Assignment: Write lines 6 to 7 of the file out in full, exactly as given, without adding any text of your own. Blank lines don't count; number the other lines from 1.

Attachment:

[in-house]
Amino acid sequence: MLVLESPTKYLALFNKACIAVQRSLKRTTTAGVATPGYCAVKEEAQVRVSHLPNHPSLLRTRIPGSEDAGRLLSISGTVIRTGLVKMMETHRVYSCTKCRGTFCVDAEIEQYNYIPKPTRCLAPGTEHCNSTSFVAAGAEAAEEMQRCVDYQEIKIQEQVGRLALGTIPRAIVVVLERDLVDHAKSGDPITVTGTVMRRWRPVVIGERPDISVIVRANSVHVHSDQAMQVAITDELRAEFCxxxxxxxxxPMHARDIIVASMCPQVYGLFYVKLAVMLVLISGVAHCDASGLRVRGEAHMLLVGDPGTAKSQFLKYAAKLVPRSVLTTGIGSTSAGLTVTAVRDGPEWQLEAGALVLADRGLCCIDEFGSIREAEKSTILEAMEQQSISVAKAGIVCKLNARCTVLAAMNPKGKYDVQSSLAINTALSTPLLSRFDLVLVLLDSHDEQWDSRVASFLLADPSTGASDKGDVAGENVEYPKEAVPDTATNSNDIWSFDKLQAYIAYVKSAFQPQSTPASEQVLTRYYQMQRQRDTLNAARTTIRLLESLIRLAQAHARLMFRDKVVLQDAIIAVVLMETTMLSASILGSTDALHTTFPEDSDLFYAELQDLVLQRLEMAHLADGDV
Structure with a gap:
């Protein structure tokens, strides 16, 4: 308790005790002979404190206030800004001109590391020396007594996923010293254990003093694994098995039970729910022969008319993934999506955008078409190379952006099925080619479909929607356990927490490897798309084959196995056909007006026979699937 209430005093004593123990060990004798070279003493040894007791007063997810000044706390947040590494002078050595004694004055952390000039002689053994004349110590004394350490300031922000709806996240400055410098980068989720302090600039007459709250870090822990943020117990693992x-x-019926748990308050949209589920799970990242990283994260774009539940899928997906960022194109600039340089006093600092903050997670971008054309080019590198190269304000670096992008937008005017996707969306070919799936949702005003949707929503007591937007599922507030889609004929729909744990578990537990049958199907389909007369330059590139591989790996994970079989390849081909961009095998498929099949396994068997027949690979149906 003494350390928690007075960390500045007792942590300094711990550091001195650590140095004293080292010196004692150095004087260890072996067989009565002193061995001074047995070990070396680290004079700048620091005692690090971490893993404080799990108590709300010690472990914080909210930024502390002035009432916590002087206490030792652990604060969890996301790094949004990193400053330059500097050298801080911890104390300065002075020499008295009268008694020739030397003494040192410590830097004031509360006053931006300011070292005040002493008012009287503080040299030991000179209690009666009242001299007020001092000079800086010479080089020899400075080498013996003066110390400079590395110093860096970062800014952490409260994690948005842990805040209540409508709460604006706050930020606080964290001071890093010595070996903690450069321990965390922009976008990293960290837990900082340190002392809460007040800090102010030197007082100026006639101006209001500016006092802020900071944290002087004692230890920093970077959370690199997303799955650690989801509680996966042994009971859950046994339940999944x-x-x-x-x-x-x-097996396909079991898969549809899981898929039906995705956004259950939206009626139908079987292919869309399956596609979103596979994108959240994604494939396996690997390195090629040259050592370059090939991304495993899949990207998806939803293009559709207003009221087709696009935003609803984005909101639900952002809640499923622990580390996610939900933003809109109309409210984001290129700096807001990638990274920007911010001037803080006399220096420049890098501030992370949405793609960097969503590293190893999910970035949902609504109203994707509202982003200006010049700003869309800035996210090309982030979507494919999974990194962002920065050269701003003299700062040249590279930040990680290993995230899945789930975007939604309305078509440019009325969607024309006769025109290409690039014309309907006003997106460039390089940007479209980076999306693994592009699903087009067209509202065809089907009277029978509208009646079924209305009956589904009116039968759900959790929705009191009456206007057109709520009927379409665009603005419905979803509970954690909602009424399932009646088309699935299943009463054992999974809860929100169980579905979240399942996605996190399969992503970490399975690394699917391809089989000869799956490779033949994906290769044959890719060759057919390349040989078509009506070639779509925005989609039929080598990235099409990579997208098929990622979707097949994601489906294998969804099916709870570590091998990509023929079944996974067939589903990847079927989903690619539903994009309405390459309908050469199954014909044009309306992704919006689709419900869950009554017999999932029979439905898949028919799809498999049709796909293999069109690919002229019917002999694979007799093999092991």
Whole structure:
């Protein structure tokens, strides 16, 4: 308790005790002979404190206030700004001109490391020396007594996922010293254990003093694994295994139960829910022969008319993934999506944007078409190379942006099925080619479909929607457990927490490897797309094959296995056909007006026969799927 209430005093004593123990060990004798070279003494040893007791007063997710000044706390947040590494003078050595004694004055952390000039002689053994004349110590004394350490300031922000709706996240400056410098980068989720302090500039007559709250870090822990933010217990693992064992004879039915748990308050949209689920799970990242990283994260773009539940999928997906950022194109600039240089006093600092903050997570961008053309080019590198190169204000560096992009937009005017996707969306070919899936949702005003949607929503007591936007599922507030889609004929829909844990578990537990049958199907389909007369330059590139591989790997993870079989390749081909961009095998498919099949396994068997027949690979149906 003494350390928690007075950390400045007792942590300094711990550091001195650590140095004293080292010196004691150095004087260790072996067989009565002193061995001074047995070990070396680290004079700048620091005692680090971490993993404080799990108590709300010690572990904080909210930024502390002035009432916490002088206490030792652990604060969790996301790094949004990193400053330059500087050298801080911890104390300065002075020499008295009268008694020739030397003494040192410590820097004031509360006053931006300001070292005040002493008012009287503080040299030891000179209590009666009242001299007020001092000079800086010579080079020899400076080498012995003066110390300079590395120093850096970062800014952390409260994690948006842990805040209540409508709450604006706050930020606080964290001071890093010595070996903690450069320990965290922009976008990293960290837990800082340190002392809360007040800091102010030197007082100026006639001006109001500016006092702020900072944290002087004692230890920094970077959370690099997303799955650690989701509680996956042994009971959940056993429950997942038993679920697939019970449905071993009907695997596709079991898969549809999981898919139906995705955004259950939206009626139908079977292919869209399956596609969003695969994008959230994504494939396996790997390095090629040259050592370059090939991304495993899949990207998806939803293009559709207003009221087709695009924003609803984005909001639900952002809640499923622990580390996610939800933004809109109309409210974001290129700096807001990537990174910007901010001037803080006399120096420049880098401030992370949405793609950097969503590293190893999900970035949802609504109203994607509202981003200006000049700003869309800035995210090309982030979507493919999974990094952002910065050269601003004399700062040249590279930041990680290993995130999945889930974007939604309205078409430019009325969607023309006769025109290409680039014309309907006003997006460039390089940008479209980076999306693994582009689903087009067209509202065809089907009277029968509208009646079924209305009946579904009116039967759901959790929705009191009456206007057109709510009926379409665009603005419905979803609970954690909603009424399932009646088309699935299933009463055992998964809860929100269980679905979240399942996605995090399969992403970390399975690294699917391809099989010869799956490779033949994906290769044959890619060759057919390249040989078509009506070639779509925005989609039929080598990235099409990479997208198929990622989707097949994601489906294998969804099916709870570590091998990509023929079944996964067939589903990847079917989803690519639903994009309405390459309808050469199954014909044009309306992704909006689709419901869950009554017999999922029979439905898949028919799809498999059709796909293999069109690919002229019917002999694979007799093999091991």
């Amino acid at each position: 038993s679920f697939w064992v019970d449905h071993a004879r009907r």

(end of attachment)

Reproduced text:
């Protein structure tokens, strides 16, 4: 308790005790002979404190206030700004001109490391020396007594996922010293254990003093694994295994139960829910022969008319993934999506944007078409190379942006099925080619479909929607457990927490490897797309094959296995056909007006026969799927 209430005093004593123990060990004798070279003494040893007791007063997710000044706390947040590494003078050595004694004055952390000039002689053994004349110590004394350490300031922000709706996240400056410098980068989720302090500039007559709250870090822990933010217990693992064992004879039915748990308050949209689920799970990242990283994260773009539940999928997906950022194109600039240089006093600092903050997570961008053309080019590198190169204000560096992009937009005017996707969306070919899936949702005003949607929503007591936007599922507030889609004929829909844990578990537990049958199907389909007369330059590139591989790997993870079989390749081909961009095998498919099949396994068997027949690979149906 003494350390928690007075950390400045007792942590300094711990550091001195650590140095004293080292010196004691150095004087260790072996067989009565002193061995001074047995070990070396680290004079700048620091005692680090971490993993404080799990108590709300010690572990904080909210930024502390002035009432916490002088206490030792652990604060969790996301790094949004990193400053330059500087050298801080911890104390300065002075020499008295009268008694020739030397003494040192410590820097004031509360006053931006300001070292005040002493008012009287503080040299030891000179209590009666009242001299007020001092000079800086010579080079020899400076080498012995003066110390300079590395120093850096970062800014952390409260994690948006842990805040209540409508709450604006706050930020606080964290001071890093010595070996903690450069320990965290922009976008990293960290837990800082340190002392809360007040800091102010030197007082100026006639001006109001500016006092702020900072944290002087004692230890920094970077959370690099997303799955650690989701509680996956042994009971959940056993429950997942038993679920697939019970449905071993009907695997596709079991898969549809999981898919139906995705955004259950939206009626139908079977292919869209399956596609969003695969994008959230994504494939396996790997390095090629040259050592370059090939991304495993899949990207998806939803293009559709207003009221087709695009924003609803984005909001639900952002809640499923622990580390996610939800933004809109109309409210974001290129700096807001990537990174910007901010001037803080006399120096420049880098401030992370949405793609950097969503590293190893999900970035949802609504109203994607509202981003200006000049700003869309800035995210090309982030979507493919999974990094952002910065050269601003004399700062040249590279930041990680290993995130999945889930974007939604309205078409430019009325969607023309006769025109290409680039014309309907006003997006460039390089940008479209980076999306693994582009689903087009067209509202065809089907009277029968509208009646079924209305009946579904009116039967759901959790929705009191009456206007057109709510009926379409665009603005419905979803609970954690909603009424399932009646088309699935299933009463055992998964809860929100269980679905979240399942996605995090399969992403970390399975690294699917391809099989010869799956490779033949994906290769044959890619060759057919390249040989078509009506070639779509925005989609039929080598990235099409990479997208198929990622989707097949994601489906294998969804099916709870570590091998990509023929079944996964067939589903990847079917989803690519639903994009309405390459309808050469199954014909044009309306992704909006689709419901869950009554017999999922029979439905898949028919799809498999059709796909293999069109690919002229019917002999694979007799093999091991």
């Amino acid at each position: 038993s679920f697939w064992v019970d449905h071993a004879r009907r």